Friday, February 26, 2010

Masts - the most popular spars in the Dockyard

Since the spar team has set out to laminate a lightweight mast for the Monomoy, we've had a lot of activity and discussion regarding these most essential of spars. And hey, what's not to love about masts? They are the basic facilitators of the back, arm and upper body fatigue preventing devices known as "sailing rigs" - something all oarsmen should be grateful for. From the technologically evolved to the most simplistic, there are a myriad variety with different uses, applications and methods of construction.

The most basic mast in the inventory is a "stand by" mast for the Monomoy which is made from a solid piece of Northern White Cedar. 15' 6" long and weighing in at 69 lbs, it is a force to be reckoned with. Honestly, I hope it becomes something else because the behemoth seems way too massive. But the numbers check out, so for now it is in reserve. Production was exceedingly simple - the spar crew went out behind the lofting bay, into the woods, selected the live tree of the correct size, then proceeded to chop it down. Still green, the tree was then stripped of branches and bark, and otherwise cleaned up. And while there hasn't been much in the way of shaping done, I'd wager it wouldn't take long to fit to the step.

The most advanced mast in the inventory is the primary mast for the same boat. Also 15' 6" long, it weighs in at just 22 lbs. The number crunching reveals only a negligible decrease in strength over a solid spar. Of course, between procuring choice lumber - all select pine - cutting, milling and planing the staves, scarphing, and laminating the mast, there are probably more than 50 man hours invested so far. So not as quick, but worth it if you have the time.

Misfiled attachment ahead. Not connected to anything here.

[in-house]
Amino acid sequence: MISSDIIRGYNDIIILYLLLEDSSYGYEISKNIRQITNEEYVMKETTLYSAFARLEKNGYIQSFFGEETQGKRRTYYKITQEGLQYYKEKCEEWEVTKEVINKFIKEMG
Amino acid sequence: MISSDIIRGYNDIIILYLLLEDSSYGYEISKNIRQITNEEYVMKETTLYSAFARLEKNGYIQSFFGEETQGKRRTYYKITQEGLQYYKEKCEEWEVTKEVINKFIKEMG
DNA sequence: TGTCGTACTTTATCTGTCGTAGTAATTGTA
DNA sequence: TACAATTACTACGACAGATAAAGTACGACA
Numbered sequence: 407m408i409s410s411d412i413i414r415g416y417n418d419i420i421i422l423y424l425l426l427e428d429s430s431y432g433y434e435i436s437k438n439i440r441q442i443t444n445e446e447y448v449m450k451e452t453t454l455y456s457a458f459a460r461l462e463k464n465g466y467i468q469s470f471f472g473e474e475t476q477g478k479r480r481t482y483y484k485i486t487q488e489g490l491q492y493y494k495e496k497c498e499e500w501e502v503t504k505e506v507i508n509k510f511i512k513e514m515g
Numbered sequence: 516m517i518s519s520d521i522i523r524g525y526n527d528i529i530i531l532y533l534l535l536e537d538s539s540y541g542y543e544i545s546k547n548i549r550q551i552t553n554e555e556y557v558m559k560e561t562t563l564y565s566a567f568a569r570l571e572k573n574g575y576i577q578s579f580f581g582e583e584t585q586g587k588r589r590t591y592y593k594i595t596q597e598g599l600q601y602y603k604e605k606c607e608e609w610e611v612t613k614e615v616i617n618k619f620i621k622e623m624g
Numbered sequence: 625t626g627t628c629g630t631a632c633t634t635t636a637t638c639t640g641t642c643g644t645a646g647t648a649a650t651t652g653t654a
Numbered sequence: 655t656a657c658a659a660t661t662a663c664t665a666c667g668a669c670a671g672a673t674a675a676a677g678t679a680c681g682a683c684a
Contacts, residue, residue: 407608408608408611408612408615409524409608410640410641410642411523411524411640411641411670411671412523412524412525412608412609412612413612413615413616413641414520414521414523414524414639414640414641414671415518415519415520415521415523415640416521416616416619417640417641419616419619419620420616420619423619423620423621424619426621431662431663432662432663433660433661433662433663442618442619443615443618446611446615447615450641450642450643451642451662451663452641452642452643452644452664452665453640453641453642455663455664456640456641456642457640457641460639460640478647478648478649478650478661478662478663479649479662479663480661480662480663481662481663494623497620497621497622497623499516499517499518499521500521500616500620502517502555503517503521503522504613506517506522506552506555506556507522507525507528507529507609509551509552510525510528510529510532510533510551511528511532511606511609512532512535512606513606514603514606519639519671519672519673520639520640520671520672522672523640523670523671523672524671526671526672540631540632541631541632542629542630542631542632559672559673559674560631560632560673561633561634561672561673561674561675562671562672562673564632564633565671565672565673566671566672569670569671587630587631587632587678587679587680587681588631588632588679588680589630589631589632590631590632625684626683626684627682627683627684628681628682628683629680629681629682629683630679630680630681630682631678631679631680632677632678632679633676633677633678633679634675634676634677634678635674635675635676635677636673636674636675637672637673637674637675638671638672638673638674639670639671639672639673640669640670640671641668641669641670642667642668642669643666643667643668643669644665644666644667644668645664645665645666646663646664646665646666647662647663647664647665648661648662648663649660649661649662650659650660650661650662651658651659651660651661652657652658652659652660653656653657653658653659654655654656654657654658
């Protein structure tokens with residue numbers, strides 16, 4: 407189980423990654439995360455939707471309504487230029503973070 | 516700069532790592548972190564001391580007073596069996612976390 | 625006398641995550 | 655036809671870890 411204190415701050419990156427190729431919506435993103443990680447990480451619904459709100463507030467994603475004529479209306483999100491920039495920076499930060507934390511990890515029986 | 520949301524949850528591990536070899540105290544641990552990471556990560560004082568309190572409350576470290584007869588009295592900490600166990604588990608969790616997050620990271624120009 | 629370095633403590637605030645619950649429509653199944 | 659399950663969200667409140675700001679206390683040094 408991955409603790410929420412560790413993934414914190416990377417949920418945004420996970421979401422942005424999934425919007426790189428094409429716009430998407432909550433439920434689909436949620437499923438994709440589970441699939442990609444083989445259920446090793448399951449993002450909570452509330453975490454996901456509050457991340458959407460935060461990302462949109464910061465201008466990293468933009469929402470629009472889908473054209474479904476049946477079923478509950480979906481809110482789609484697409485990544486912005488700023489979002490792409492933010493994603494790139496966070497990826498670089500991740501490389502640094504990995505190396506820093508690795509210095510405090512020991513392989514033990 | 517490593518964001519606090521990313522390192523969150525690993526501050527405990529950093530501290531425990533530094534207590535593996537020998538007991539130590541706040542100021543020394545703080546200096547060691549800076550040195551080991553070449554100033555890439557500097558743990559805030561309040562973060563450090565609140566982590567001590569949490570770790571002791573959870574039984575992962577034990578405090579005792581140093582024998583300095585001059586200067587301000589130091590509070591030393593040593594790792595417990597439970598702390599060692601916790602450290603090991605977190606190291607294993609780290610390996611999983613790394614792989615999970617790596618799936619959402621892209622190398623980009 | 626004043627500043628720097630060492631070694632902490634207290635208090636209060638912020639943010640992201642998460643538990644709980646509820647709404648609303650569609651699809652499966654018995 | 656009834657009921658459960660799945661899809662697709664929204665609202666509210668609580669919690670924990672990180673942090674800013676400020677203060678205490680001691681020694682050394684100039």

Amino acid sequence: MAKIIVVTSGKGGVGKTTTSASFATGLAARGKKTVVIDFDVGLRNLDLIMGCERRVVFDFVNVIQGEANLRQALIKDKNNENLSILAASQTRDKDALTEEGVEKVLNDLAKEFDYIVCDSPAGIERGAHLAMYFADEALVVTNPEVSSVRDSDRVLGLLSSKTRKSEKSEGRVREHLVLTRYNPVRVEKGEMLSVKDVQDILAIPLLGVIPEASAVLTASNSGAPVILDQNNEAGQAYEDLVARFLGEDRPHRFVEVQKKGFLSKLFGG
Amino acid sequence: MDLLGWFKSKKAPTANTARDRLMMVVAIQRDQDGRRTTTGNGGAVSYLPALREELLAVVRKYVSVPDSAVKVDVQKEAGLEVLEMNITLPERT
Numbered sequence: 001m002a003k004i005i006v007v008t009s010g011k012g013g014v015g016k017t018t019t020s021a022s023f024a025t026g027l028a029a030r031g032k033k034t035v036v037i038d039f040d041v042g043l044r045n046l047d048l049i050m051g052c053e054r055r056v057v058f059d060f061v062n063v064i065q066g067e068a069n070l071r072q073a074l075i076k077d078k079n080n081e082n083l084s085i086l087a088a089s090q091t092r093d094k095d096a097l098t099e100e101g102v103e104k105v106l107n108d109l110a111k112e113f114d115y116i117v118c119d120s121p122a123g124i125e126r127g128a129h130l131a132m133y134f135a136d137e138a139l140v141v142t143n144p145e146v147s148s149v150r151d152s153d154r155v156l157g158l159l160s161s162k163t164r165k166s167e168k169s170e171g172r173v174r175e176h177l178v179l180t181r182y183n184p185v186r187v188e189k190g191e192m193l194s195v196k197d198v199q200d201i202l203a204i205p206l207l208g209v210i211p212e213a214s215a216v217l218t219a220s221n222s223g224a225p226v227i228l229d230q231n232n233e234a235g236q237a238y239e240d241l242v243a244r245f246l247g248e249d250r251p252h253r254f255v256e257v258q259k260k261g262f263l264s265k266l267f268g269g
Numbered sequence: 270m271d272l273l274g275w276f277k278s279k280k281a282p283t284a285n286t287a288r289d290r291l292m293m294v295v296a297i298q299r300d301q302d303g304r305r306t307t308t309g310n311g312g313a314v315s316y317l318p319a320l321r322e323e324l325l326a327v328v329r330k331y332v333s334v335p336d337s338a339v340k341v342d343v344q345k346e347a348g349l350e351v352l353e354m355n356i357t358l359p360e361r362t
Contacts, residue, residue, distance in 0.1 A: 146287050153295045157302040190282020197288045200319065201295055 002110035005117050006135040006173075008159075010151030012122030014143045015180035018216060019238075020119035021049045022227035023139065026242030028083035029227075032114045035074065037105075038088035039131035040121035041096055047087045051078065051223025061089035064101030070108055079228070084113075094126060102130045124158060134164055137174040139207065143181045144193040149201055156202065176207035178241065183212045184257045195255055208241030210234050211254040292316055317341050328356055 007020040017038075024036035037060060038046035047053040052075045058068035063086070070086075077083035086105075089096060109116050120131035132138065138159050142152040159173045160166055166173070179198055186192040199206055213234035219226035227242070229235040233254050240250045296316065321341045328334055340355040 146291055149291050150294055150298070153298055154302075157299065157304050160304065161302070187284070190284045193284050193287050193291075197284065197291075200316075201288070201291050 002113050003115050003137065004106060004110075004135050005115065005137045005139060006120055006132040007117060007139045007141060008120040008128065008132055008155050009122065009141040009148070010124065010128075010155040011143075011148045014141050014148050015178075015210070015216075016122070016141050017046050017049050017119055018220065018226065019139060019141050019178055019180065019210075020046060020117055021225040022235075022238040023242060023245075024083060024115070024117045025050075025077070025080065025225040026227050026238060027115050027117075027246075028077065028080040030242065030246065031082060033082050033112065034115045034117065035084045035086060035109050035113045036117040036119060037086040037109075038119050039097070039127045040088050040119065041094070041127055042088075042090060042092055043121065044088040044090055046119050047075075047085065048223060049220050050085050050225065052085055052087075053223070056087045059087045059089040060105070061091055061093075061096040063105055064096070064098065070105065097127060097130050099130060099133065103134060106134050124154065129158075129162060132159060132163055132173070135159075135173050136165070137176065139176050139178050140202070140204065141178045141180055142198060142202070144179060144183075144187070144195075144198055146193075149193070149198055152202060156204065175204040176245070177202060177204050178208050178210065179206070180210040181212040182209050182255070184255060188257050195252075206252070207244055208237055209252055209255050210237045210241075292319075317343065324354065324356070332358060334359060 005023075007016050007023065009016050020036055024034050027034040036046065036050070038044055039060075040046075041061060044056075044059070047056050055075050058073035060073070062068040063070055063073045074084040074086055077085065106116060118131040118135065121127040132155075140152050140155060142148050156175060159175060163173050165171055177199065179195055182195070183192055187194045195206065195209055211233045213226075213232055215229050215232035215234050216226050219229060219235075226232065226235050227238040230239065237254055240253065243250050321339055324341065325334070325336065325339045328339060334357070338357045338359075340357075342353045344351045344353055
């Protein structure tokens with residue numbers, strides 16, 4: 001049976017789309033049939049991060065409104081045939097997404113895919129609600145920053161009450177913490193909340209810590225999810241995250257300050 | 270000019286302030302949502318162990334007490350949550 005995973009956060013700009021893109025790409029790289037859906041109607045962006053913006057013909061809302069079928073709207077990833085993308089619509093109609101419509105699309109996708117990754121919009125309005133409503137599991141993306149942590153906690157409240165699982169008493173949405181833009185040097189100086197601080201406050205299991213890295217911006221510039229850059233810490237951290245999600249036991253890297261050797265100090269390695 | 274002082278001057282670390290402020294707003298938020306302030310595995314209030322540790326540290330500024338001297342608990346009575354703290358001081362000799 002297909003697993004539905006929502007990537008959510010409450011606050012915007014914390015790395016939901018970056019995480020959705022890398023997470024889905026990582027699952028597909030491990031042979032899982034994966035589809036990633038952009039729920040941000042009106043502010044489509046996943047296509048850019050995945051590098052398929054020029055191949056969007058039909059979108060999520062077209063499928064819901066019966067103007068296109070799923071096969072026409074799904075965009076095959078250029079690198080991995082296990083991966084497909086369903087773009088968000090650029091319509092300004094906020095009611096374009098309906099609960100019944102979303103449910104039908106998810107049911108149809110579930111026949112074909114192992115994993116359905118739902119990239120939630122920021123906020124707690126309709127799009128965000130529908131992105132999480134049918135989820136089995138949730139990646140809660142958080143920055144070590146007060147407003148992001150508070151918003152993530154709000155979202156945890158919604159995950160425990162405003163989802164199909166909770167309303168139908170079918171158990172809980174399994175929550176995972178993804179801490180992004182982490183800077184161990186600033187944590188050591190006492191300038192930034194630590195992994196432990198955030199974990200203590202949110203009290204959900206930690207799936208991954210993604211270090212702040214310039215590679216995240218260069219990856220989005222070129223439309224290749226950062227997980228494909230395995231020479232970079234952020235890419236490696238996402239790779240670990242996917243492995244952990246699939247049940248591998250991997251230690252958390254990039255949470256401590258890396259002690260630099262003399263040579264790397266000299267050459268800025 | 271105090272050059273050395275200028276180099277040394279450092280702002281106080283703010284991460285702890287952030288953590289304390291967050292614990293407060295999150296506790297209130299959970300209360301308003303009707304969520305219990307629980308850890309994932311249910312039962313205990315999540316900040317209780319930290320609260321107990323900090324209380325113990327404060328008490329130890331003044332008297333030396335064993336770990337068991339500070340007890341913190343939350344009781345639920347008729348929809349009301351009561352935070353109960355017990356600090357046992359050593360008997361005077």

On a side note, the mast for the 24-foot Launch will be much larger and stouter than the Monomoy's - so that's something to look forward to (yikes!).

Of interest to the carpenter's crew - the fitting of the halyard sheave in the top of the mast is coming along - expect that to start soon. Parts are already spinning and chopping in the back - yes I can hear you back there and I know what you're up to. That's what I do.


Side note - whoever is leaving coffee cups on my bench should know that I keep spilling boat soup in them. So no, that's not the coffee made badly, that's pine tar. Just sayin.


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